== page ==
Coat of arms of the Bahamas

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Coat of arms of the Bahamas
Coat of arms of the Bahamas.svg
Armiger Elizabeth II in Right of the Bahamas
Adopted 7 December 1971
Crest On a golden helmet affronty, lambrequined Argent and Azure a conch of the Giant Wingsnail and five palmleaves proper.
Torse Or and Azure
Escutcheon Argent, Christopher Columbus’ Santa Maria in full sail proper, on a base barry wavy of four Azure and Argent; and a chief Azure, a rising sun radiant Or.
Supporters On the dexter a Blue Marlin and on the sinister a red flamingo proper.
Compartment Waves of the sea on the dexter and a grassy ground on the sinister proper.
Motto Forward, Upward, Onward Together

The Coat of Arms of the Bahamas contains a shield with the national symbols as its focal point.


Divided, in chief azure a rising sun irradiated or, in base, argent a Columbus ship proper surmounts barry nebuly of two azure;

Crest: atop a Sovereign's helm or a conch shell proper surrounded by five palm fronds vert on a wreath of the chief's colours, from which issues mantling azure lined argent;'

Description and explanation[edit]

The escutcheon (shield) is supported by a marlin and flamingo. The crest on top of the helm (helmet) is a conch shell, which represents the varied marine life of the island chain. Below the helm is the escutcheon itself, whose main charge is a ship, reputed to represent the Santa María of Christopher Columbus. It is sailing beneath a sun in the chief. The animals supporting the shield are the national animals, and the national motto is found at the bottom. The flamingo is located upon land, and the marlin upon sea, indicating the geography of the islands.

The vibrant tinctures of the coat of arms are also intended to point to a bright future for the islands. They are also reputed to have been maintained for their attractiveness to tourists.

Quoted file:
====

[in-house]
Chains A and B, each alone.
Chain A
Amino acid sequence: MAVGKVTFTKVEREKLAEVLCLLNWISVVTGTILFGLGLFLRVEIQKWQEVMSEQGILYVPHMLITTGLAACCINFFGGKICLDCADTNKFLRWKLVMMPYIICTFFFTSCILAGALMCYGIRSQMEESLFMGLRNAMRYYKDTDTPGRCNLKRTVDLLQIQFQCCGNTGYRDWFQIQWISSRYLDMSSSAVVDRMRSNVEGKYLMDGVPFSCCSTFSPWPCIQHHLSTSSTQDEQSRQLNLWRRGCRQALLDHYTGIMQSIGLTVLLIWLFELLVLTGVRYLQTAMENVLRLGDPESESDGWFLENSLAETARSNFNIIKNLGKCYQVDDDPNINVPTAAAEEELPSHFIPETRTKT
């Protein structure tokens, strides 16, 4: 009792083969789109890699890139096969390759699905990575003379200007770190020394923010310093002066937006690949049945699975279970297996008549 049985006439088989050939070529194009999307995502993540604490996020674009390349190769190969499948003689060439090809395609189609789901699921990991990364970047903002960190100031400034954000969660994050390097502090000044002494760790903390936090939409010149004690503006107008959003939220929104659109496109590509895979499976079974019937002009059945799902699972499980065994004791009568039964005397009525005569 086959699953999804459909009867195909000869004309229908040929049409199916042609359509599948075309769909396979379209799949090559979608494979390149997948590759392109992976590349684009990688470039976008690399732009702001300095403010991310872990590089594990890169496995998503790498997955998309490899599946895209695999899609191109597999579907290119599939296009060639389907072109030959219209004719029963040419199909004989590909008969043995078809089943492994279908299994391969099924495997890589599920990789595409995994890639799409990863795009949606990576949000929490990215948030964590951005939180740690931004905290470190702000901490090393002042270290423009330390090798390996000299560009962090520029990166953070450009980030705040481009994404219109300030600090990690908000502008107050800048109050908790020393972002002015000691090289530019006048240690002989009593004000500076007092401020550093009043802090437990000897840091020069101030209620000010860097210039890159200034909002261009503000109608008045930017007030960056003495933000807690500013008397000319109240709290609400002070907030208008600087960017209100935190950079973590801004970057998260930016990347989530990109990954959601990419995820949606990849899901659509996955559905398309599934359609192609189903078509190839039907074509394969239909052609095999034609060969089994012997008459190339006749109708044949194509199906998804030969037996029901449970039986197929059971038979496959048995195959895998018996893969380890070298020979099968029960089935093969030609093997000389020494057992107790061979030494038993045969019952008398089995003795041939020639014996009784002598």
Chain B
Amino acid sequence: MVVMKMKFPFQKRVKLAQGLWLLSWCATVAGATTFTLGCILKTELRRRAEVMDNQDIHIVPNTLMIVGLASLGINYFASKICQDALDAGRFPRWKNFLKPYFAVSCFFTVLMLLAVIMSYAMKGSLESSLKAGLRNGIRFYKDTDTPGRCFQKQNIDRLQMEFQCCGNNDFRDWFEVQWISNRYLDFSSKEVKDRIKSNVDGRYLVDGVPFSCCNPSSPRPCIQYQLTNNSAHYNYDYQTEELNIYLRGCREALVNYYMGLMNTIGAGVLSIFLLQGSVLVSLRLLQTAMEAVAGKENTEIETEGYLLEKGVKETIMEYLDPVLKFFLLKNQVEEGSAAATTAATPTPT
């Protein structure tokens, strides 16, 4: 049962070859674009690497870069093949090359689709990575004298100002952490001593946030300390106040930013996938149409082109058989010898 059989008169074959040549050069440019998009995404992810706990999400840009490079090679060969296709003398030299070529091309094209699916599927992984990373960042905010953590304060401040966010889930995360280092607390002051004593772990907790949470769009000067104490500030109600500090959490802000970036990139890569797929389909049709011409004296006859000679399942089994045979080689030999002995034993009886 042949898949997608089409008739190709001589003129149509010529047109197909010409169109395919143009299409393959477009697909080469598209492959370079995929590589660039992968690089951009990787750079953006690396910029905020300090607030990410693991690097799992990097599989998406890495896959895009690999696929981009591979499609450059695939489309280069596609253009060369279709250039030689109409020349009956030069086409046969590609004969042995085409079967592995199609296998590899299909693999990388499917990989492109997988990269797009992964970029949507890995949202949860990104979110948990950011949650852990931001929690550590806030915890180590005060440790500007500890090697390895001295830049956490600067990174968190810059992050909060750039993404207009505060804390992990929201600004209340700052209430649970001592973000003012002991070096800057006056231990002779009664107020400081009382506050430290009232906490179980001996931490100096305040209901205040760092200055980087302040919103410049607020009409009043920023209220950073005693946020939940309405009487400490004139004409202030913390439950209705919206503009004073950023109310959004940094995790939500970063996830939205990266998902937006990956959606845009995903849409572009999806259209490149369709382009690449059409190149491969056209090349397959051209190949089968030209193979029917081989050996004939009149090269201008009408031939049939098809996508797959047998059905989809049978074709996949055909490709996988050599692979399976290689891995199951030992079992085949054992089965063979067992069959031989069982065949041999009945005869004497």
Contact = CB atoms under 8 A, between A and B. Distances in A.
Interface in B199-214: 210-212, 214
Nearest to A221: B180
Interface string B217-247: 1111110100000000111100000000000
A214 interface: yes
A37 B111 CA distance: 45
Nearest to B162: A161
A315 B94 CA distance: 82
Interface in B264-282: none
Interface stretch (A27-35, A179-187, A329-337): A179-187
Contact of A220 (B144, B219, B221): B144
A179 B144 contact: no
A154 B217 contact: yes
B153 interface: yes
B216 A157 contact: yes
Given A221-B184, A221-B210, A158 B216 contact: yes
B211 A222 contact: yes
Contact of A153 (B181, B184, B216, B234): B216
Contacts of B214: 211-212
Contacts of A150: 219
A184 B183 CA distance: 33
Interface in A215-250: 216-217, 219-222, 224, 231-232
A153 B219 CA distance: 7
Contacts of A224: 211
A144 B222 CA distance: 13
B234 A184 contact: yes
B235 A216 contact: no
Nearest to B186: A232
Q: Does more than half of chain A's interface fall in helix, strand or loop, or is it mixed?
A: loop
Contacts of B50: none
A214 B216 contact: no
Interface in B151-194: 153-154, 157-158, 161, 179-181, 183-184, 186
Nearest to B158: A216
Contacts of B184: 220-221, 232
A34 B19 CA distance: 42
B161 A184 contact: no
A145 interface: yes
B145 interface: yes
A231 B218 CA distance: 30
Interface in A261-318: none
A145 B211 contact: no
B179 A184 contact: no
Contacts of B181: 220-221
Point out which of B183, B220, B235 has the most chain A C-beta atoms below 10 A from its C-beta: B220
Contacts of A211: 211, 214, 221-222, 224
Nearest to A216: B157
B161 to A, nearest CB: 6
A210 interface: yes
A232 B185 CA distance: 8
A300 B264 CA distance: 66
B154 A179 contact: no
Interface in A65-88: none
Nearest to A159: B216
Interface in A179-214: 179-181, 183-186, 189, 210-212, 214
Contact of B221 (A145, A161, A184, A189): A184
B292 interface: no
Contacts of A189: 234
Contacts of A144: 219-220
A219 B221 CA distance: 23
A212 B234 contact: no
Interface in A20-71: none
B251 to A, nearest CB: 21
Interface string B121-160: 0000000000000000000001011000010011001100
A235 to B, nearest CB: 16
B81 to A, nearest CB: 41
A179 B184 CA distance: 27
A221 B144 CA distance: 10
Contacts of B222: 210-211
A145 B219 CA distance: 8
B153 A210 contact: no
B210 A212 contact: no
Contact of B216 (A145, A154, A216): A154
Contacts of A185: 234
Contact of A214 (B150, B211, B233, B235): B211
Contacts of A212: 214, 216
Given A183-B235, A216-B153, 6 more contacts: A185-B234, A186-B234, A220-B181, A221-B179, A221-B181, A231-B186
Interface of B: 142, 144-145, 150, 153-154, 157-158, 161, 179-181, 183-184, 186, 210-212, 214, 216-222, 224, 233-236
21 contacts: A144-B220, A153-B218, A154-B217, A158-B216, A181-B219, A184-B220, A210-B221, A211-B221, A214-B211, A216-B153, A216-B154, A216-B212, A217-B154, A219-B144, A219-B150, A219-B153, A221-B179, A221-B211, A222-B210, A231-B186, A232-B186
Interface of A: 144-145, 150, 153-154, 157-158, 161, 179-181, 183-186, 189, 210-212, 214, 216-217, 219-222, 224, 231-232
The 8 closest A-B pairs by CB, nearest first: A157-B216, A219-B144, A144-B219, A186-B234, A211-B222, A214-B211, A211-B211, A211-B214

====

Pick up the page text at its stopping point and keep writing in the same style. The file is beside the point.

The Coat of Arms was approved by Her Majesty, Queen Elizabeth II on 7 December 1971 for use by the Bahamian People and the Commonwealth of The Bahamas. It was designed by Bahamian artist and clergyman, Rev. Dr. Hervis L. Bain, Jr., who is also a Member of the Order of the British Empire.

Island arms[edit]

In addition to the National Coat of Arms, there are a total of eighteen regional island shields (including two unofficial devices). These were granted upon Independence in 1973, to be displayed at the Independence day celebration to reflect each island's individual cultural heritage.

Island arms of the Commonwealth of the Bahamas
Badge of Abaco.gif Badge of Andros.jpg Badge of the Berry Islands.jpg
Acklins Abaco Andros Berry Islands
Crest of Bimini.png Badge of Cat Island.png Eleuthera Island Crest.jpg
Bimini Cat Island Crooked Island Eleuthera
Crest of Grand Bahama.gif Badge of Inagua.jpg MayaguanaCrest.gif
Grand Bahama Inagua Long Island Mayaguana
Badge of New Providence.png Crest of Ragged Island.png Crest of Rum Cay.png Crest of San Salvador Island.png
New Providence Ragged island Rum Cay San Salvador


External links[edit]